• And because they no longer have their own currency, southern countries are no longer able to print currency in order to finance their temporary budget deficits (remember they had on average balanced budgets before the beginning of the crisis!). Instead, they increase taxes and cut spending, which, in confirmation of old keynesian thinking, turns out to worsen the crisis.
So, because of the euro, Southern Europe is trapped in a downward spiral with no end in sight. The life of many people is already seriously affected, with record unemployment rates, bankruptcies, suicides, poverty and rise of extremist movements. The situation is only getting worse, and then there's the question of the long-run. In Spain and Greece, one young person out of two has no job. If they don't acquire the skills now, what are they going to do in 10 or 20 years? Certainly not working their countries out of a prolonged deep recession (there's a word for that, it's called hysteresis).

But if the euro is such a big problem, how come is it not more debated, especially in the Eurozone itself where mainstream opinion is a long way from discussing such issue? Well, for a variety of bad reasons:
  • First of all, the continental European establishment is economically illiterate. Maybe I shouldn't generalize, but for France at least, it's true. You just need to read the proposals of the candidates to the presidential election to get convinced (that was either austerity, social benefits, subsidies or protectionism, or a mix of all that!). Economists don't speak out much (just as they did not at the time of the creation of the euro), and there's not much of economic blogging either (or in English, which does not help much). As far as politicians are concerned, they never admit they've been wrong, no matter what.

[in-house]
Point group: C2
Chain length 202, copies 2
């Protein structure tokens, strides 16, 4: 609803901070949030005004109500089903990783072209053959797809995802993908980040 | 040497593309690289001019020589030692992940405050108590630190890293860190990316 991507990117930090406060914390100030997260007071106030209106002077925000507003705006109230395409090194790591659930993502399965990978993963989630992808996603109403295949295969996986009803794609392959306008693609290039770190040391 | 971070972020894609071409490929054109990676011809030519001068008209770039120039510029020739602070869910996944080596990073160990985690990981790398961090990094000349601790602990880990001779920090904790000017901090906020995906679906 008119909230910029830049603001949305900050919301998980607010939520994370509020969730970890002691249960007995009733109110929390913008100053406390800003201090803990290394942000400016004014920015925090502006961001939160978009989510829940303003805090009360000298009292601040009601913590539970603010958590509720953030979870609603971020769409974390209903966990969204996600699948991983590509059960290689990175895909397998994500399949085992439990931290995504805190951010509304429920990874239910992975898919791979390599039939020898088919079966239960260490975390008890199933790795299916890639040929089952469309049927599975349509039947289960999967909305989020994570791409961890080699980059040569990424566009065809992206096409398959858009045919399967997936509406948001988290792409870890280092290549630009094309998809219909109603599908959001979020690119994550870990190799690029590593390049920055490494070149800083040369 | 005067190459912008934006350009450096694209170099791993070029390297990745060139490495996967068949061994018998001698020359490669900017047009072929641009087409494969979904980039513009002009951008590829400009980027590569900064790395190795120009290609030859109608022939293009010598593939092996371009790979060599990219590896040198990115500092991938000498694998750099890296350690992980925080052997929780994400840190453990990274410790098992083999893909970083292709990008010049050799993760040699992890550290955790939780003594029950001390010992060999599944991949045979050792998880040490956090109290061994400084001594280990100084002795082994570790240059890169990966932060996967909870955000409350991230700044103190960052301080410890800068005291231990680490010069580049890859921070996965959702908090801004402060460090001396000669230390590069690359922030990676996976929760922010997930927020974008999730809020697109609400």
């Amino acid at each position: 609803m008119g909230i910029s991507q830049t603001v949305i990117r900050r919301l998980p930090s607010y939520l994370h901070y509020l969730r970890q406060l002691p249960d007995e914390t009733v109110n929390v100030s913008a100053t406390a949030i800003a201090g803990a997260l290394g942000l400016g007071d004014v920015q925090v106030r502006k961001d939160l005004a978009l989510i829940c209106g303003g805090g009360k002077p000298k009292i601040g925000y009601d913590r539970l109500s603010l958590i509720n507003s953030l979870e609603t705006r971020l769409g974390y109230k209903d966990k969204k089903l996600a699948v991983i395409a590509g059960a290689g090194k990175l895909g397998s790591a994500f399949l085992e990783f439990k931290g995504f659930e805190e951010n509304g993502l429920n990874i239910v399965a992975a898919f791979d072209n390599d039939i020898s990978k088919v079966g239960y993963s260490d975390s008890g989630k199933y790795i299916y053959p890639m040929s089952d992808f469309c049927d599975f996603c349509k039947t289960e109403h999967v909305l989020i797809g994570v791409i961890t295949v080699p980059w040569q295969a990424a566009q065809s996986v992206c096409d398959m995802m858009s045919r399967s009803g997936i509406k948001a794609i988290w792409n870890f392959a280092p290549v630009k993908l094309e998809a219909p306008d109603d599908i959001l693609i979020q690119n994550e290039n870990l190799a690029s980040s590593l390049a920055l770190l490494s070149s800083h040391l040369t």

• Secondly, it does not help that the euro is contested by extremes (far-left and far-right in France, Geert Wilders in the Netherlands), that is the sort of people either with a low economic credibility or one should not want to associate with. Besides, such extremes may aim their attacks at the euro, but they make little mystery their real target is Europe.
  • More significantly, the euro is the big and only symbol of European integration. Despite all the civil servants in Brussels, and all of the good or less good European policies, apart from the euro, Europe looks like nothing more than a mere trade agreement. Europe so far has been unable to develop a real common defense or foreign policy. Touching the euro would leave a scarf, for sure. But the question is whether the economic health of Europe requires surgery.
  • In the 90's the euro had been strongly promoted not only by politicians, but also by business people who were looking for simplified trade and easy accounting at the end of the fiscal year. Such motivations may look marginal, but they remain nevertheless true, and business people (big or small) still like the euro.
Maybe there is a reason more fundamental than all of the above that explains why so few people want to talk about the euro. Everyone seems to be convinced that a euro break-up would be hugely complicated and hurt more than the alternatives (prolonged depression and substantial money transfers from north to south). It does not necessarily have to be that way, and that will be the object of the next post.